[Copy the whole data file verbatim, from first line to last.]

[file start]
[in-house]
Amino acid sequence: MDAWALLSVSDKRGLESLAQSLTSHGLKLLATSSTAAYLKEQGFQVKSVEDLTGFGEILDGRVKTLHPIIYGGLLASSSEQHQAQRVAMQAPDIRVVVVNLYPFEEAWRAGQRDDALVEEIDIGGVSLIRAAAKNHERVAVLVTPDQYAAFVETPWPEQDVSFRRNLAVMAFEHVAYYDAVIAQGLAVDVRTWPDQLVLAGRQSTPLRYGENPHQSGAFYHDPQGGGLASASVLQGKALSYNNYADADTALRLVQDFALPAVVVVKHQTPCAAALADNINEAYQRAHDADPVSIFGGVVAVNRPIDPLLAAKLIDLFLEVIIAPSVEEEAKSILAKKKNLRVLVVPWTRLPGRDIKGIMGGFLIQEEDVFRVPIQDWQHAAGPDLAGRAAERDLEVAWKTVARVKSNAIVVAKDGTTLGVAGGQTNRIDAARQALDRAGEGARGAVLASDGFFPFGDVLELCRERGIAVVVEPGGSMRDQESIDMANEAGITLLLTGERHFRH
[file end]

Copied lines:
[in-house]
Amino acid sequence: MDAWALLSVSDKRGLESLAQSLTSHGLKLLATSSTAAYLKEQGFQVKSVEDLTGFGEILDGRVKTLHPIIYGGLLASSSEQHQAQRVAMQAPDIRVVVVNLYPFEEAWRAGQRDDALVEEIDIGGVSLIRAAAKNHERVAVLVTPDQYAAFVETPWPEQDVSFRRNLAVMAFEHVAYYDAVIAQGLAVDVRTWPDQLVLAGRQSTPLRYGENPHQSGAFYHDPQGGGLASASVLQGKALSYNNYADADTALRLVQDFALPAVVVVKHQTPCAAALADNINEAYQRAHDADPVSIFGGVVAVNRPIDPLLAAKLIDLFLEVIIAPSVEEEAKSILAKKKNLRVLVVPWTRLPGRDIKGIMGGFLIQEEDVFRVPIQDWQHAAGPDLAGRAAERDLEVAWKTVARVKSNAIVVAKDGTTLGVAGGQTNRIDAARQALDRAGEGARGAVLASDGFFPFGDVLELCRERGIAVVVEPGGSMRDQESIDMANEAGITLLLTGERHFRH